Interest rates and growth

This article by Rohan Chinchwadkar of IIM Tiruchi made me happy for more than one reason:

  • It is from a faculty member from one of the newer IIMs
  • It is well and simply written. It does not try to overdo its point
  • It sources a recent piece of international research
  • It shows a faculty member who is in touch with contemporary reserach. Good for students
  • It was well timed – on the eve of the RBI Monetary policy meeting
  • It presented a paper that had turned conventional wisdom on its head

Not much can be asked of an op.-ed.

Kudos to MINT for publishing it.


The Thiruvadanthai trilemma

Although my friend Srinivas Thiruvadanthai did not mean to pose the question as such, I thought I would credit him with a ‘Trilemma’ that, I hope, will remain for posterity! His blog post triggered the following thoughts:

Another thoughtful and thought-provoking post as usual, Srini. The last paragraph of the post has been the rallying cry of BIS economists from White to Borio (including Cecchetti or not?).

I found the paragraph on the ‘ex-post criticism’ of the Fed not being easy enough in mid-2008 to be particularly insightful. Hindsight is a gift for critics that is denied to policymakers in real time!

The blog post can be considered a formulation of ‘Thiruvadanthai Trilemma’ between free-market finance, financial stability and economic stability. You can have two of the three but not all of them.

Notice that I have taken interest rates out of this trilemma. That is deliberate. In other words, the problem that there is no one single interest rate that stabilises the financial economy and the real economy at the same time disappears if (a) we remove the paradigm that ‘markets know best’ particularly for the financial sector and for financial markets (in a sense, I believe, the comments by Ms. Carolyn Sissoko reflect that) and if (b) the relevant horizon to evaluate the correctness of the monetary plolicy setting was long enough.

Let me take up my point (a) above. The question is whether regulating finance alone is both necessary and sufficient to enjoy both financial and economic stability at the same time. Yes, some would say.

That is what Ms. Caroline Sissoko has said in her coments on his post. But, is that really the case? We will never know because two things were at work in the post-Great Depression period and, in particular, in the post-WW II period. Economic growth was a low-hanging fruit. Therefore, it is possible that, regardless of how the financial sector or financial markets behaved, sustained high growth would have washed away all sins – with or without tight regulation. We will never know.

Therefore, it logically follows that in the era of slower growth that we face now, the case for financial sector and financial market regulation becomes stronger and not weaker.

Critics would object that this would further jeopardise the already lower growth. Well, the IMF has the answer. In a paper that is now a book, ‘Too much Finance’, the authors argue that financial development in advanced nations has already crossed the theshold at which it is beneficial for economic growth.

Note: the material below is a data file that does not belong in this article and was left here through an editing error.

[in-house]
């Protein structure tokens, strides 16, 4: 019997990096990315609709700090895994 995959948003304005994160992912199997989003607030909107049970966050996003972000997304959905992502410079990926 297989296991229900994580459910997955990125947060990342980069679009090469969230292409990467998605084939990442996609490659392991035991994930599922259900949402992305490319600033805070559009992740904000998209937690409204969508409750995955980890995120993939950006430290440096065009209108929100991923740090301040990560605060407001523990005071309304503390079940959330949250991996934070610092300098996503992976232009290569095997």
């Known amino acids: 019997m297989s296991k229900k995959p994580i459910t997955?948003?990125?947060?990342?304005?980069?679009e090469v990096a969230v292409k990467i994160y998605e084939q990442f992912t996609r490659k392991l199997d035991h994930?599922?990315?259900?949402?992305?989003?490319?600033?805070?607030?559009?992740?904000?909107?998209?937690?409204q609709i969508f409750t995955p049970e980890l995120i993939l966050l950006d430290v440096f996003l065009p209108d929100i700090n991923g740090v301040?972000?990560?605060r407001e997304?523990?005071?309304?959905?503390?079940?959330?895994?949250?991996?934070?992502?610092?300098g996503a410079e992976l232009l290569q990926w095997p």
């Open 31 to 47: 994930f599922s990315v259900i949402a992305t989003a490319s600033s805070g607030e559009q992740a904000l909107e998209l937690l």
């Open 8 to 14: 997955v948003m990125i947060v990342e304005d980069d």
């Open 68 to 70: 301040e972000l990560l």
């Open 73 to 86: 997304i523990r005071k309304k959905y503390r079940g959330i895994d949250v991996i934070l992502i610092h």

So, financial sector/financial market regulation will take care of the ‘Thiruvadanthai Trilemma’.

Fortifying that will be a monetary policy setting that chooses its relevant horizon more carefully than what central bankers have done in the last three+ decades. It should be longer than the business cycle so that it encompasses the financial cycle. I am merely paraphrasing the arguments made regularly by BIS economists. That is my point (b) above.

In a long enough time horizon, the dilemma, of fixing a high enough rate that handles financial market exuberance without hurting real economic activity or a low enough rate that allows financial intermediation to repair or to resume while the economy is overheating, solves itself.

In recent times, I beleive that the former dilemma has imposed much bigger long-run costs on the economy and on the society than the latter dilemma, in the above paragraph.

If unelected and technocratic policymakers optimise their decision over a reasonably long time frame, then the need for (or, the impossibility of) multiple policy rates is avoided or obviated.

If they cannot do that in practice that easily, then another approach is to have the domestic economy counterpart of ‘unremunerated reserve requirements’ that is applied to regulate capital flows. There can be a counter-cyclical credit surcharge (or discount) that the central bank, in its capacity as a banking regulator, prescribe for credit allocation, on the top of the policy rate. There can be times when this surcharge (negative or positive) can be zero. In that case, the policy rate works both for the financial economy and for the real economy. This can be on top of (and not in lieu of) countercyclical capital buffers that regulators now want to impose on banks.

Powell’s seminal debut

After easing substantially during 2017, financial conditions in the United States have reversed some of that easing. At this point, we do not see these developments as weighing heavily on the outlook for economic activity, the labor market, and inflation.

The FOMC will continue to strike a balance between avoiding an overheated economy and bringing PCE price inflation to 2 percent on a sustained basis. [Link]

Powell’s prepared remarks were rather brief but telling. He does not think that financial market volatility will have a big bearing on  economic activity.  We agree. One hopes that it is not just about current level of volatility but also reflects a structural attitude that assigns a lower weight to the goings-on in financial markets in terms of their impact on the real economy. Anna Cieslak and Annette-Vissing Jorgensen have documented this rather well. The Fed is more concerned about declines in financial asset prices than they ought to be. In reality, the impact is far lower than what Fed models assume.